King Solomon's Ring

show more detailshow less detail

Episodes

EpisodeFirst
Broadcast
Comments
0120030804

This summer marks the centenary of the birth of the pioneering Nobel Prize winning scientist, Konrad Lorenz.

To celebrate the anniversary, Nigel Anthony reads from the book which made him world famous, King Solomon's Ring.

Solomon, so the legend goes, had a magic ring which enabled him to speak to the animals in their own language.

Konrad Lorenz was gifted with a similar power of understanding the animal word, though he relied hours of painstaking observation rather than magic.

He shared the grounds of his home in Austria with an assortment of wild birds and other animals, which he allowed to roam freely.

Situated on the banks of the Danube, it was a naturalist's paradise.

Unconcerned at the apparent eccentricity of his behaviour, Lorenz reared mallards, jackdaws and greylag geese.

His entertaining and often humorous accounts of life at Altenberg have inspired countless other scientists to continue the fascinating study of animal behaviour.

0220030805

This summer marks the centenary of the birth of the pioneering Nobel Prize winning scientist, Konrad Lorenz.

To celebrate the anniversary, Nigel Anthony reads from the book which made him world famous.

Solomon, so the legend goes, had a magic ring which enabled him to speak to the animals in their own language.

Konrad Lorenz was gifted with a similar power of understanding the animal word, though he relied not on magic but hours of painstaking observation.

He shared the grounds of his home in Austria with an assortment of wild birds and other animals, which he allowed to roam freely.

Situated on the banks of the Danube, it was a naturalist's paradise and unconcerned at the apparent eccentricity of his behaviour Lorenz reared mallards, jackdaws and greylag geese and then caged in his house to afford the humans a little privacy.

His entertaining and often humorous accounts of life at Altenberg have inspired countless other scientists to continue the fascinating study of animal behaviour.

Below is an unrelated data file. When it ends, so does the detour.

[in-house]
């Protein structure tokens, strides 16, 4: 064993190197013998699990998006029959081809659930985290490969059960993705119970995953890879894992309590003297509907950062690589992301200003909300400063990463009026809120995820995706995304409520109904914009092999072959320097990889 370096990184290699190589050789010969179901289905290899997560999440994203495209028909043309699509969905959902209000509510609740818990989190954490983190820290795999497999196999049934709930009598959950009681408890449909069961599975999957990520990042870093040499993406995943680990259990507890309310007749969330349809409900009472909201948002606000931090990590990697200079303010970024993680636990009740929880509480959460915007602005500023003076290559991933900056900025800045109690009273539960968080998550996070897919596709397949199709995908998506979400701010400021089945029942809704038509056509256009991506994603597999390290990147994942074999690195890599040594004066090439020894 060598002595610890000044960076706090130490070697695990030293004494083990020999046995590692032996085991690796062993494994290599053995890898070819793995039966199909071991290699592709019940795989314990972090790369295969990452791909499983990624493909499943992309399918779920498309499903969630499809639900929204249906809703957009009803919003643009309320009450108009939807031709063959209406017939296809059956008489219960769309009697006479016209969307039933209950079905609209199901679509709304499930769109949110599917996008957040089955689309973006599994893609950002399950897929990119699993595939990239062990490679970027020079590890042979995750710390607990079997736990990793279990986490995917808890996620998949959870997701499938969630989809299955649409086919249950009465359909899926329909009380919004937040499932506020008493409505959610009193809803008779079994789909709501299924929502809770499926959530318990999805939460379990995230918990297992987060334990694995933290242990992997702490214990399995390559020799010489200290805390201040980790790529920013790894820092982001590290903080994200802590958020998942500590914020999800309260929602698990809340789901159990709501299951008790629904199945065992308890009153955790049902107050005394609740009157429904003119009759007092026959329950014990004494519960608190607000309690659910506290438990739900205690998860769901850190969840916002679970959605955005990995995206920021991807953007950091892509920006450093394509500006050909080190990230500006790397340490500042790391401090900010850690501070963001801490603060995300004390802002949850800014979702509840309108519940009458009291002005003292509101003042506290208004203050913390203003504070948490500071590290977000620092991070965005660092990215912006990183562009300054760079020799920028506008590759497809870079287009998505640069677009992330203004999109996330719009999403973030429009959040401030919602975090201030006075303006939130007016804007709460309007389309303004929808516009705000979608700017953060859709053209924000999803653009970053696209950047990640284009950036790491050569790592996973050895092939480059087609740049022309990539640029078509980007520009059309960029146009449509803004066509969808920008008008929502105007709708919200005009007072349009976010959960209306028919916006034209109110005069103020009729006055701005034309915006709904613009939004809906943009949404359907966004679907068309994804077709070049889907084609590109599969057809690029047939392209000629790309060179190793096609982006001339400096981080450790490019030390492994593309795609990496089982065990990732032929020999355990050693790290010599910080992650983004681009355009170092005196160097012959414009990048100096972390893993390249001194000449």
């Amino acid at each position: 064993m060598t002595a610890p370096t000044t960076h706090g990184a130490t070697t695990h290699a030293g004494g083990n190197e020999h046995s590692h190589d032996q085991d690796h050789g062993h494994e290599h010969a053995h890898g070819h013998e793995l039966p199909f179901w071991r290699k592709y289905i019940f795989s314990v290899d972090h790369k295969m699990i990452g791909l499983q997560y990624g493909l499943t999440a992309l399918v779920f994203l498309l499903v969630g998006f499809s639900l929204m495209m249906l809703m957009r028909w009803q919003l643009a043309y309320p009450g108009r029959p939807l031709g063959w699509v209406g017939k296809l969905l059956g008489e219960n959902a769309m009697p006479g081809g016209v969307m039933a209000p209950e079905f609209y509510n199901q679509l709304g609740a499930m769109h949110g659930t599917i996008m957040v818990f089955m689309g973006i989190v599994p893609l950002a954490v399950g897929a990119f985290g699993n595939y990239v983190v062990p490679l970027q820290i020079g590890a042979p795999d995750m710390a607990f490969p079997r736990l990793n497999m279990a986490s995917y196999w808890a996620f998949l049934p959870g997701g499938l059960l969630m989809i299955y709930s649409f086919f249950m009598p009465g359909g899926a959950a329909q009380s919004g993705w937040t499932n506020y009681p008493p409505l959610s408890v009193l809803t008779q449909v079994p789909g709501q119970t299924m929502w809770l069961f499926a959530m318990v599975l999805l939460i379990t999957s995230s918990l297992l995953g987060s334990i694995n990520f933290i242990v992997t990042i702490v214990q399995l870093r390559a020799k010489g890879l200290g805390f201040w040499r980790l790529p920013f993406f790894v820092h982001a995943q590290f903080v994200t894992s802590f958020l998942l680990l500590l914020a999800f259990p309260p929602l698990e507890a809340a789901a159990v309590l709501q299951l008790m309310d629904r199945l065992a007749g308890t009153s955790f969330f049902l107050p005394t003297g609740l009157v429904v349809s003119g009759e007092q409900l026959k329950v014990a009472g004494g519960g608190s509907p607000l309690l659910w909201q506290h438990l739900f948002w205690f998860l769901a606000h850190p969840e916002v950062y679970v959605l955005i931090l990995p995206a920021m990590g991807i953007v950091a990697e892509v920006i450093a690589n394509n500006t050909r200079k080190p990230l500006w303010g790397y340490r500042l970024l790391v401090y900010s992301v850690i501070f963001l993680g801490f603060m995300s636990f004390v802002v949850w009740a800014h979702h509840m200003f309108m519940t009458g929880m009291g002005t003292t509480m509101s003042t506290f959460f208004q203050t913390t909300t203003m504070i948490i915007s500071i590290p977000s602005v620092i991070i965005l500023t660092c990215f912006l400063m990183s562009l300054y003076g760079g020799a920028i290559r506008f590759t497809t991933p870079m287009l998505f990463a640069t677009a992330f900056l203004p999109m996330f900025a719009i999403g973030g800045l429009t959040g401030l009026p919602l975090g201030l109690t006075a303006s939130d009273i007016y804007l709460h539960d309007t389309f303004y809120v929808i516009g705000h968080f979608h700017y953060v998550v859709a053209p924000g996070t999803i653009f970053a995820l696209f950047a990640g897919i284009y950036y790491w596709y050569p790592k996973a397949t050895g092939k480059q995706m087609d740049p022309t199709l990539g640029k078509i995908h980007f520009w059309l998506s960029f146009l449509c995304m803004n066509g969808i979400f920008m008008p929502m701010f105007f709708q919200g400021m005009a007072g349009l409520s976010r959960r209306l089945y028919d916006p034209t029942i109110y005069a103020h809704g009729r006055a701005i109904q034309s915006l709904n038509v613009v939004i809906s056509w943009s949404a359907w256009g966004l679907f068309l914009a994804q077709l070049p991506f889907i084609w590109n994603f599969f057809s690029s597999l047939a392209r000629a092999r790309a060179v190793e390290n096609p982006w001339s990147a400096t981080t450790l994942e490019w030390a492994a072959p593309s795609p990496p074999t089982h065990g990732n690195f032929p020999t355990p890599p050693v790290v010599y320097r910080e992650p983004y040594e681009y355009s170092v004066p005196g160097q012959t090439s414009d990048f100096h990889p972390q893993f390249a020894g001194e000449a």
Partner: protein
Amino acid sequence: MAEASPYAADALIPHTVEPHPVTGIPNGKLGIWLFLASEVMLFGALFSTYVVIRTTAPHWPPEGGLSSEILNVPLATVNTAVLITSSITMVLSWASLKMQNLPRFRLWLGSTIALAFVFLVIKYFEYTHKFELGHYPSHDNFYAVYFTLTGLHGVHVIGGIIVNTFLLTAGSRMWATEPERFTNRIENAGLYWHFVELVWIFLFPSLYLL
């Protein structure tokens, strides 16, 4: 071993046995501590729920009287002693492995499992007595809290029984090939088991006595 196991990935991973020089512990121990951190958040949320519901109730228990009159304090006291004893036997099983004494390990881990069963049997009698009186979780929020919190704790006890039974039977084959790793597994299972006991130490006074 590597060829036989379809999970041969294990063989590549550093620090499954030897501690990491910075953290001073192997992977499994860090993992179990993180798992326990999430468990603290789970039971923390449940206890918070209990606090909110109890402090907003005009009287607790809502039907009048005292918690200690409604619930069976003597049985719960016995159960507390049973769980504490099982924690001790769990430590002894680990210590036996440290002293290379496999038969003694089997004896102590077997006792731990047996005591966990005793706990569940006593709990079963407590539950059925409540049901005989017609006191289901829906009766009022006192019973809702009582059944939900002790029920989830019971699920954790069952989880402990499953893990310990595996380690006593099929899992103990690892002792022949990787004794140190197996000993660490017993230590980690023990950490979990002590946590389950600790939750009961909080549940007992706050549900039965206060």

0320030806

This summer marks the centenary of the birth of the pioneering Nobel Prize winning scientist, Konrad Lorenz.

To celebrate the anniversary, Nigel Anthony reads from the book which made him world famous, King Solomon's Ring.

Solomon, so the legend goes, had a magic ring which enabled him to speak to the animals in their own language.

Konrad Lorenz was gifted with a similar power of understanding the animal word, though he relied not on magic but hours of painstaking observation.

He shared the grounds of his home in Austria with an assortment of wild birds and other animals, which he allowed to roam freely.

Situated on the banks of the Danube, it was a naturalist's paradise and, unconcerned at the apparent eccentricity of his behaviour, Lorenz reared mallards, jackdaws and greylag geese and then caged in his house to afford the humans a little privacy.

His entertaining and often humorous accounts of life at Altenberg have inspired countless other scientists to continue the fascinating study of animal behaviour.

0420030807

Nigel Anthony reads Konrad Lorenz's attempts to communicate with animals.

0520030808

This summer marks the centenary of the birth of the pioneering Nobel Prize winning scientist, Konrad Lorenz.

To celebrate the anniversary, Nigel Anthony reads from the book which made him world famous.

In final episode, Queen Redgold saves the jackdaw colony at Altenberg.

Solomon, so the legend goes, had a magic ring which enabled him to speak to the animals in their own language.

Konrad Lorenz was gifted with a similar power of understanding the animal word, though he relied not on magic but hours of painstaking observation.

He shared the grounds of his home in Austria with an assortment of wild birds and other animals, which he allowed to roam freely.

Situated on the banks of the Danube, it was a naturalist's paradise and unconcerned at the apparent eccentricity of his behaviour, Lorenz reared mallards, jackdaws and greylag geese and then caged in his house to afford the humans a little privacy.

His entertaining and often humorous accounts of life at Altenberg have inspired countless other scientists to continue the fascinating study of animal behaviour.